My dog keeps burying scraps of food and his toys in my bed. The other day, I found a crust of bread, a piece of cheddar cheese, and the tail of a monkey stuffed animal belonging to my son that he felt needed to be stored in my bed for safe-keeping.

There's this man I fell in love with.

posted by ~ | 6:16 PM


Wednesday, May 07, 2003  

Why Radiohead is The Best:



there, there
words by Thom Yorke

in pitch dark i go walking in your landscape
broken branches trip me up as i speak
just cos you feel it doesn't mean it's there
just cos you feel it doesn't mean it's there
there's always a siren singing you to shipwreck
(don't reach out, don't reach out)
stay away from these rocks we'd be a walking disaster
(don't reach out, don't reach out)
just cos you feel it doesn't mean it's there
(there's always someone over your shoulder)
just cos you feel it doesn't mean it's there
(there's always someone over your shoulder)
feel it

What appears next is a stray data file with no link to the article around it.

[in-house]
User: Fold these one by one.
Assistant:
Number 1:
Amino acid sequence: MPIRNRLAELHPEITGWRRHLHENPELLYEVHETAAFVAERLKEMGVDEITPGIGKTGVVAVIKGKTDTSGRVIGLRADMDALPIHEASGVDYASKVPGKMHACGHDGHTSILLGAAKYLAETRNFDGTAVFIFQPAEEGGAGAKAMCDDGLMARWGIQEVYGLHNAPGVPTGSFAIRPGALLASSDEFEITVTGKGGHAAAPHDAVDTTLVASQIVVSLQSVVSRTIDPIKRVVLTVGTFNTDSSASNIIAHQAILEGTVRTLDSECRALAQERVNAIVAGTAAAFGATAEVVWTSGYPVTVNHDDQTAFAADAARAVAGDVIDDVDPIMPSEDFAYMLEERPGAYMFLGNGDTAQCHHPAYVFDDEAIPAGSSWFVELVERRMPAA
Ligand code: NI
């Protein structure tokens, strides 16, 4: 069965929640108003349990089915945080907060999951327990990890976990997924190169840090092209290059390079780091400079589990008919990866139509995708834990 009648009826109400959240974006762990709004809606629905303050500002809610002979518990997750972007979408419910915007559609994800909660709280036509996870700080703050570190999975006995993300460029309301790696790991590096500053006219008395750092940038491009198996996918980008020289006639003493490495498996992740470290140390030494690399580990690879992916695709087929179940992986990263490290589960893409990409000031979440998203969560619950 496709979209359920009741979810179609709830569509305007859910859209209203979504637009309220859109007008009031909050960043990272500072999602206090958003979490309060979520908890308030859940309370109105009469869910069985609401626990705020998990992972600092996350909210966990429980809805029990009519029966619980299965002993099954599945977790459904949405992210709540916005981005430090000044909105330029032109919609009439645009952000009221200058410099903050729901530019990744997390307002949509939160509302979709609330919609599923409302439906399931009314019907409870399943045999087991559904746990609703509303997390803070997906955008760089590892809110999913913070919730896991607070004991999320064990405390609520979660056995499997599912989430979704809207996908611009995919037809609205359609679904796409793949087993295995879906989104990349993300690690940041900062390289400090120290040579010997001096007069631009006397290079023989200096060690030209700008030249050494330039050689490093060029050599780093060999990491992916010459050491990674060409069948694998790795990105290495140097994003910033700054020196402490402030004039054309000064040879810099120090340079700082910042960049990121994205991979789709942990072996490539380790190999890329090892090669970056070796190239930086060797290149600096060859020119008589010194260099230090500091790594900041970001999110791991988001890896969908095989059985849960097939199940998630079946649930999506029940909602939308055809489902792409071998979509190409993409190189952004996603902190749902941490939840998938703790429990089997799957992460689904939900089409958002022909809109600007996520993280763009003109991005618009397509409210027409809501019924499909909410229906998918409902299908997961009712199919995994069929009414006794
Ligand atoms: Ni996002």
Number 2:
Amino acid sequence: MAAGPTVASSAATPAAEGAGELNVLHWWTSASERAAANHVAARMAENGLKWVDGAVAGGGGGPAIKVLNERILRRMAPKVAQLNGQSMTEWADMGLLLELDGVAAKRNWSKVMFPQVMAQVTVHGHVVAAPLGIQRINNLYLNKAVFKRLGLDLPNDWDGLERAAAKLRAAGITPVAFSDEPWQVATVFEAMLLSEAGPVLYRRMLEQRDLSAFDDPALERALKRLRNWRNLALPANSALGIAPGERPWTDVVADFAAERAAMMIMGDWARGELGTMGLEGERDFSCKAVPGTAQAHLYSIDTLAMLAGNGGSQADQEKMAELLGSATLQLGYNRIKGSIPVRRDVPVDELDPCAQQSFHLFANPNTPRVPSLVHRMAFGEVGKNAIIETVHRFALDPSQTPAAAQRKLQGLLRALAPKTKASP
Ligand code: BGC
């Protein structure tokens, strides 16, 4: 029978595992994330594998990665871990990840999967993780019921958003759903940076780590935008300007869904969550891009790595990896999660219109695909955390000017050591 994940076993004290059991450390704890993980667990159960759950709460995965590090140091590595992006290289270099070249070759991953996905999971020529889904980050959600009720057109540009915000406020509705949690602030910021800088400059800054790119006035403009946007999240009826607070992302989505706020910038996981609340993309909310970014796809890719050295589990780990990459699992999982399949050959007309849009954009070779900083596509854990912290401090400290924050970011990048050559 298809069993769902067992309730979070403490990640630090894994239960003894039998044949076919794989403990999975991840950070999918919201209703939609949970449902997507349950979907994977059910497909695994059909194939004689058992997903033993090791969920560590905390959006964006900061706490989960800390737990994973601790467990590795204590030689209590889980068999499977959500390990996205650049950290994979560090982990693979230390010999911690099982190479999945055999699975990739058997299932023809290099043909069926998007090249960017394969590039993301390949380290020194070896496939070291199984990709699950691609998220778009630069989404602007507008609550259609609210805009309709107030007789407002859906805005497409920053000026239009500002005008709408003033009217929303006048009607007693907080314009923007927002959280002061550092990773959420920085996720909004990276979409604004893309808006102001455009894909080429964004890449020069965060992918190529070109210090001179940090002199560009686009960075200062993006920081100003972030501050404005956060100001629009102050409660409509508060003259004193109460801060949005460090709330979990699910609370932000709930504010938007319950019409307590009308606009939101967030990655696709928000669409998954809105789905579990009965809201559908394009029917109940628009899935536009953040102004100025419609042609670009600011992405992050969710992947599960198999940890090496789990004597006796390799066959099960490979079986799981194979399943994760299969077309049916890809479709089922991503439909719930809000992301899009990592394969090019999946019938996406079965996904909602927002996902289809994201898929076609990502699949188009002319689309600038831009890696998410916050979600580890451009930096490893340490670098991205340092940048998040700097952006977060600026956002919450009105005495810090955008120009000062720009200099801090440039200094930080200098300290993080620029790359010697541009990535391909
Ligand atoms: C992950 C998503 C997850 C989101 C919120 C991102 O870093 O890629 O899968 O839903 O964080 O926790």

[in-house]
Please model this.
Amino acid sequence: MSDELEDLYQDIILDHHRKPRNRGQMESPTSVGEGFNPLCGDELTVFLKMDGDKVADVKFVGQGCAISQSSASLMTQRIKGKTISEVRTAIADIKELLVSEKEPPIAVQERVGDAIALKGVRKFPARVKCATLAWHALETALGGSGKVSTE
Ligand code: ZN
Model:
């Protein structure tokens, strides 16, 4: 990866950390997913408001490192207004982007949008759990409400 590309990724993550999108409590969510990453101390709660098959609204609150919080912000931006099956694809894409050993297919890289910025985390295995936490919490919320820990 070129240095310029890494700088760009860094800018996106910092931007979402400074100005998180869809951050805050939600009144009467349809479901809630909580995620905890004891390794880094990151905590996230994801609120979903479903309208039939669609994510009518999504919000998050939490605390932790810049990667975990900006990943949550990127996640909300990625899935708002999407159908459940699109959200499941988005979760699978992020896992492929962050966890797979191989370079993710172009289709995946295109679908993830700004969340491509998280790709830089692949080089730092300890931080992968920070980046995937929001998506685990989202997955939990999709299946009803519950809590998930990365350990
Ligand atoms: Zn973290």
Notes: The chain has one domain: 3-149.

why so green
and lonely
heaven sent you
to me
we are accidents waiting
waiting to happen
we are accidents waiting
waiting to happen


posted by ~ | 4:18 PM


Sunday, May 04, 2003  

It strikes me that I choose to love people who are impervious. I always seem to love a man who is an island, of sorts.

I've been reading a really great book - The Deptford Trilogy by Robertson Davies, and there was this really brilliant paragraph in it:

"...just because you are not a roaring egotist, you needn't fall for the fashionable modern twaddle of the anti-hero and the mini-soul. That is what we might call the shadow of democracy; it makes it so laudable, so cosy and right and easy to be a spiritual runt and lean on all the other runts for support and applause in a splendid apotheosis of runtdom. Thinking runts, of course-- oh, yes, thinking away as hard as a runt can without getting into danger. But there are heroes, still. The modern hero is a man who conquers the inner struggle. How do you know you aren't that kind of a hero?"

I must work. I must find a way to burn slowly and steadily. It's high time.

posted by ~ | 4:55 PM


Friday, May 02, 2003  

The thing about Radiohead's new record is that it is really comforting. It feels like familar rooms, and what keeps going through my head is Thom Yorke's beautiful keening voice singing "just 'cuz you feel it doesn't mean it's there," and for some reason even that bleak message is incredibly reassuring.

posted by ~ | 7:33 AM